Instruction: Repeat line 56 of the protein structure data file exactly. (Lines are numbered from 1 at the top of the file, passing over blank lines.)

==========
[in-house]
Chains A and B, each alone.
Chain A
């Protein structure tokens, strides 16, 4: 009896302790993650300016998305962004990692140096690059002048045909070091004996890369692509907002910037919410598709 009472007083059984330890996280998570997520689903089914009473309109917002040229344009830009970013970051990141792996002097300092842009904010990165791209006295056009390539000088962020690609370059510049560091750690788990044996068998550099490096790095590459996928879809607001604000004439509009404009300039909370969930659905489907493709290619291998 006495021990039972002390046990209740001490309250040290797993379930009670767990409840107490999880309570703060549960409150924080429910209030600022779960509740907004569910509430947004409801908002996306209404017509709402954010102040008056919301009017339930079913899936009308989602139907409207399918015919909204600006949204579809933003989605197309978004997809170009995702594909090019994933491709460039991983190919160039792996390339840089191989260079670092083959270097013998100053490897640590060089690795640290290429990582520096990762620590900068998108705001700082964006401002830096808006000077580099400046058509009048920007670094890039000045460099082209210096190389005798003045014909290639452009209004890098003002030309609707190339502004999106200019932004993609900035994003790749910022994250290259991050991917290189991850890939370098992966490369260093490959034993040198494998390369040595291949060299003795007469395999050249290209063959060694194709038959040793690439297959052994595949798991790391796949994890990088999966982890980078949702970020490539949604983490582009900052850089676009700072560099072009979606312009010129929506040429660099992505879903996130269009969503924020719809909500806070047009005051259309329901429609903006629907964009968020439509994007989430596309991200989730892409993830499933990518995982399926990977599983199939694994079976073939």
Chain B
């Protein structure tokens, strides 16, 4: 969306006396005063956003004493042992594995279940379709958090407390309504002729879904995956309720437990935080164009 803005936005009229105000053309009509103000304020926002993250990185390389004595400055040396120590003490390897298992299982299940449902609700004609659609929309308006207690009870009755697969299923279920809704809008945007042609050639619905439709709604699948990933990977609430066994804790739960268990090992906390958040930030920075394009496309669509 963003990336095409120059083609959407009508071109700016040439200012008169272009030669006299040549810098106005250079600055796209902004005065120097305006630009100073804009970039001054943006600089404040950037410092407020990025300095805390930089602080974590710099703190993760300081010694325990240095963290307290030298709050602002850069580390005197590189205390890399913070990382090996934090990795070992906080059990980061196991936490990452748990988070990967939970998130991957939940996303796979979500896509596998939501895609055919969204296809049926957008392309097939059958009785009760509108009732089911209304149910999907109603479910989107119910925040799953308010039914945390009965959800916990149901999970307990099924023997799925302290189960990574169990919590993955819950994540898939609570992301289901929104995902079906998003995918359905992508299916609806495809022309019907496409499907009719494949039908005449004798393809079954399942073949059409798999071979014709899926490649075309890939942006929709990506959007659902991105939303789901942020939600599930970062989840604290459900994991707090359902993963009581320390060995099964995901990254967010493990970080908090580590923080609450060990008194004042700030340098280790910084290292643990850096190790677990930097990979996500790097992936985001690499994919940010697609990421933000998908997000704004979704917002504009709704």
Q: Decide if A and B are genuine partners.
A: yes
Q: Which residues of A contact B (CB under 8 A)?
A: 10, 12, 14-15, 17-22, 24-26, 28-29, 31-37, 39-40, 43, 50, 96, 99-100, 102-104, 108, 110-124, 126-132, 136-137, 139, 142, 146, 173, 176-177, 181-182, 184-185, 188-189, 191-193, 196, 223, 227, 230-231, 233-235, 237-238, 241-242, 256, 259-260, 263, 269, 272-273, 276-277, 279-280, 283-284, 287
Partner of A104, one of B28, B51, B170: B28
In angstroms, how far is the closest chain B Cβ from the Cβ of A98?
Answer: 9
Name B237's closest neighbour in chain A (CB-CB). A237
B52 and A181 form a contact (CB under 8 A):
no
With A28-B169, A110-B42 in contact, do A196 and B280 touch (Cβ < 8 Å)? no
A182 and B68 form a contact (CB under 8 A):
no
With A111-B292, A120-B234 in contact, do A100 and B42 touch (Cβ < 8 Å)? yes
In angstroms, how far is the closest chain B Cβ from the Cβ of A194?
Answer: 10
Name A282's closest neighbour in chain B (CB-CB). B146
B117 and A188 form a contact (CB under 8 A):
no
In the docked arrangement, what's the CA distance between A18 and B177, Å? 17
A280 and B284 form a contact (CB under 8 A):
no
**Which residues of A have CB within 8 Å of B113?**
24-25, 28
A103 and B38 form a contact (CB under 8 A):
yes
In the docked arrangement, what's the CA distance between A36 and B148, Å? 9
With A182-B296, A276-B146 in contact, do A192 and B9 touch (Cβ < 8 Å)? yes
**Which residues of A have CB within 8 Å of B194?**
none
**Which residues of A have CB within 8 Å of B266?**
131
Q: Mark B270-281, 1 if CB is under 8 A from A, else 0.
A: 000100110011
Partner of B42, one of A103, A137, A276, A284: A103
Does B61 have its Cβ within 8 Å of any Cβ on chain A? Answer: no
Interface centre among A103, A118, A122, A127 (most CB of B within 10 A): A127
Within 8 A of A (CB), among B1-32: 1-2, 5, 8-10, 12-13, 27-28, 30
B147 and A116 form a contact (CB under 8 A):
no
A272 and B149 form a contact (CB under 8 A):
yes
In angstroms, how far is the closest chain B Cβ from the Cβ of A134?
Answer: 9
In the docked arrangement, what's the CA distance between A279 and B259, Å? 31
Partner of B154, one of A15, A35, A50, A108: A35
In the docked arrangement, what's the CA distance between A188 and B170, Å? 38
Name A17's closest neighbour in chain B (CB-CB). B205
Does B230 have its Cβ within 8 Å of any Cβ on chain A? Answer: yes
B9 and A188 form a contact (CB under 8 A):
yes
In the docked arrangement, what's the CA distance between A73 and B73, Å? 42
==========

B9 and A188 form a contact (CB under 8 A):